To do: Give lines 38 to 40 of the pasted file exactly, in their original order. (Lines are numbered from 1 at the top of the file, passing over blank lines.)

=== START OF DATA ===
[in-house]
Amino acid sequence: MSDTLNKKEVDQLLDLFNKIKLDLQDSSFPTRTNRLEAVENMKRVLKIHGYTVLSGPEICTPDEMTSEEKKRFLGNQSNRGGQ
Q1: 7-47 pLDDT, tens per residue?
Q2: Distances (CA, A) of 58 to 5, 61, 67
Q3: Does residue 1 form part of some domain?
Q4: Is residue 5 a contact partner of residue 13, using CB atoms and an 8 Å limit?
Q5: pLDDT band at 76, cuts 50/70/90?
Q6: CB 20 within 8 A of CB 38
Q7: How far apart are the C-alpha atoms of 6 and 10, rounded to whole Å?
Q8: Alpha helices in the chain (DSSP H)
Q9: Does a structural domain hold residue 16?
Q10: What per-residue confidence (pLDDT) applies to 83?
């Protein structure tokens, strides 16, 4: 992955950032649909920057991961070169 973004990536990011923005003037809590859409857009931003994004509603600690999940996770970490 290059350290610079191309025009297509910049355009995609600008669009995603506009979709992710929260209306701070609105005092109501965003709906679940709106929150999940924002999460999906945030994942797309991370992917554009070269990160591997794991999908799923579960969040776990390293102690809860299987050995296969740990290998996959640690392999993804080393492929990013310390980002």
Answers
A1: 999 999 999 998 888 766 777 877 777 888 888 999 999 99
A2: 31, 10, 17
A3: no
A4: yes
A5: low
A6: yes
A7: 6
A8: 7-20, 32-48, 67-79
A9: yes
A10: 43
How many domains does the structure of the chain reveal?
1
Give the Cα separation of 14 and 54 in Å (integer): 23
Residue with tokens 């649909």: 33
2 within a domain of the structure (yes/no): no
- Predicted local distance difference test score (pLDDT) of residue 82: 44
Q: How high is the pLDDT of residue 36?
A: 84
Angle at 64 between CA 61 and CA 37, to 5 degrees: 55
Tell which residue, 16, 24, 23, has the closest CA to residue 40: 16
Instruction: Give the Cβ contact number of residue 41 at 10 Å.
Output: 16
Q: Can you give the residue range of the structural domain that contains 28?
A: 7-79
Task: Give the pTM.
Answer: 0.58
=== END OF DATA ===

A: 7-79
Task: Give the pTM.
Answer: 0.58